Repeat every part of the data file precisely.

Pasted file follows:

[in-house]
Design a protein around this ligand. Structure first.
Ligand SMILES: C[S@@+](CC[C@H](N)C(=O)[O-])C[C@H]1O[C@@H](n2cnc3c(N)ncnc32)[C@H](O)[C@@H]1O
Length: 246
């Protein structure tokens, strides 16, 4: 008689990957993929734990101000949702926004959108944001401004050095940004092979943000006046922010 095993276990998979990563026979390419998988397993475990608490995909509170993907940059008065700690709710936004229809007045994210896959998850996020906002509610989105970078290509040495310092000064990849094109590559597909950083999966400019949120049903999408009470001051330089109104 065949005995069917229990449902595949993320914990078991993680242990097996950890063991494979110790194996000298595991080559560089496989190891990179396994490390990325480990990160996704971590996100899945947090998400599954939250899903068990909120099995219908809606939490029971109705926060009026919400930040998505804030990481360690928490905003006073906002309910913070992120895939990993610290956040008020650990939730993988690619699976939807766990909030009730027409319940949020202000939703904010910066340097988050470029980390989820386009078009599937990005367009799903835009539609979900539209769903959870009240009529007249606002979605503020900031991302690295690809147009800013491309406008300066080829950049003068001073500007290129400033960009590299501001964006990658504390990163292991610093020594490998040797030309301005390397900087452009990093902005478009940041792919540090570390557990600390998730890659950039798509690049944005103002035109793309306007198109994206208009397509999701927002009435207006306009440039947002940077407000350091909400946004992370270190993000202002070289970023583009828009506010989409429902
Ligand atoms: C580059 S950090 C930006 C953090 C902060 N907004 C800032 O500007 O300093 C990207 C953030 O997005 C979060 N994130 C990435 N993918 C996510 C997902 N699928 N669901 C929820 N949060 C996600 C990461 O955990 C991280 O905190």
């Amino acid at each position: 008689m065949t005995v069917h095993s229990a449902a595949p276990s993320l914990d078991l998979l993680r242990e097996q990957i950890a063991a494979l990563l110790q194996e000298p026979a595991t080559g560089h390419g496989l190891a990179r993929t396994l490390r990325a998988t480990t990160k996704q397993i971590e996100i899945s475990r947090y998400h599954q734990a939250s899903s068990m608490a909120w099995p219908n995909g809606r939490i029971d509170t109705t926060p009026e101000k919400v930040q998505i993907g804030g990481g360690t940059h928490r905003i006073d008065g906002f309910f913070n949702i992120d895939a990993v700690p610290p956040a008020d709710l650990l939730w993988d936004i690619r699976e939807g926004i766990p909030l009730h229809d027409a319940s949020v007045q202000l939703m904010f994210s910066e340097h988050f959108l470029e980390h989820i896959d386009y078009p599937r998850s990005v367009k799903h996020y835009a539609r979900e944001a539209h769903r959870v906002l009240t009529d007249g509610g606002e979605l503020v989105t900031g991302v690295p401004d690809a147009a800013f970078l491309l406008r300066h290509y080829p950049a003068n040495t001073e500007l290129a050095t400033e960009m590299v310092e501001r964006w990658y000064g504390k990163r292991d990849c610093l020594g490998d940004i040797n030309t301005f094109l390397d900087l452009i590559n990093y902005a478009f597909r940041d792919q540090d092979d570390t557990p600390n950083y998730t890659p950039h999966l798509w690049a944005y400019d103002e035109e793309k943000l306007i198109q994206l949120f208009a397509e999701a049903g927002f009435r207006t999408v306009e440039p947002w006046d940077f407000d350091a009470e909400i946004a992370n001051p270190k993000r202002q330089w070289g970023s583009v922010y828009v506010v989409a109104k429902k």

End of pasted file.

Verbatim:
[in-house]
Design a protein around this ligand. Structure first.
Ligand SMILES: C[S@@+](CC[C@H](N)C(=O)[O-])C[C@H]1O[C@@H](n2cnc3c(N)ncnc32)[C@H](O)[C@@H]1O
Length: 246
């Protein structure tokens, strides 16, 4: 008689990957993929734990101000949702926004959108944001401004050095940004092979943000006046922010 095993276990998979990563026979390419998988397993475990608490995909509170993907940059008065700690709710936004229809007045994210896959998850996020906002509610989105970078290509040495310092000064990849094109590559597909950083999966400019949120049903999408009470001051330089109104 065949005995069917229990449902595949993320914990078991993680242990097996950890063991494979110790194996000298595991080559560089496989190891990179396994490390990325480990990160996704971590996100899945947090998400599954939250899903068990909120099995219908809606939490029971109705926060009026919400930040998505804030990481360690928490905003006073906002309910913070992120895939990993610290956040008020650990939730993988690619699976939807766990909030009730027409319940949020202000939703904010910066340097988050470029980390989820386009078009599937990005367009799903835009539609979900539209769903959870009240009529007249606002979605503020900031991302690295690809147009800013491309406008300066080829950049003068001073500007290129400033960009590299501001964006990658504390990163292991610093020594490998040797030309301005390397900087452009990093902005478009940041792919540090570390557990600390998730890659950039798509690049944005103002035109793309306007198109994206208009397509999701927002009435207006306009440039947002940077407000350091909400946004992370270190993000202002070289970023583009828009506010989409429902
Ligand atoms: C580059 S950090 C930006 C953090 C902060 N907004 C800032 O500007 O300093 C990207 C953030 O997005 C979060 N994130 C990435 N993918 C996510 C997902 N699928 N669901 C929820 N949060 C996600 C990461 O955990 C991280 O905190």
């Amino acid at each position: 008689m065949t005995v069917h095993s229990a449902a595949p276990s993320l914990d078991l998979l993680r242990e097996q990957i950890a063991a494979l990563l110790q194996e000298p026979a595991t080559g560089h390419g496989l190891a990179r993929t396994l490390r990325a998988t480990t990160k996704q397993i971590e996100i899945s475990r947090y998400h599954q734990a939250s899903s068990m608490a909120w099995p219908n995909g809606r939490i029971d509170t109705t926060p009026e101000k919400v930040q998505i993907g804030g990481g360690t940059h928490r905003i006073d008065g906002f309910f913070n949702i992120d895939a990993v700690p610290p956040a008020d709710l650990l939730w993988d936004i690619r699976e939807g926004i766990p909030l009730h229809d027409a319940s949020v007045q202000l939703m904010f994210s910066e340097h988050f959108l470029e980390h989820i896959d386009y078009p599937r998850s990005v367009k799903h996020y835009a539609r979900e944001a539209h769903r959870v906002l009240t009529d007249g509610g606002e979605l503020v989105t900031g991302v690295p401004d690809a147009a800013f970078l491309l406008r300066h290509y080829p950049a003068n040495t001073e500007l290129a050095t400033e960009m590299v310092e501001r964006w990658y000064g504390k990163r292991d990849c610093l020594g490998d940004i040797n030309t301005f094109l390397d900087l452009i590559n990093y902005a478009f597909r940041d792919q540090d092979d570390t557990p600390n950083y998730t890659p950039h999966l798509w690049a944005y400019d103002e035109e793309k943000l306007i198109q994206l949120f208009a397509e999701a049903g927002f009435r207006t999408v306009e440039p947002w006046d940077f407000d350091a009470e909400i946004a992370n001051p270190k993000r202002q330089w070289g970023s583009v922010y828009v506010v989409a109104k429902k």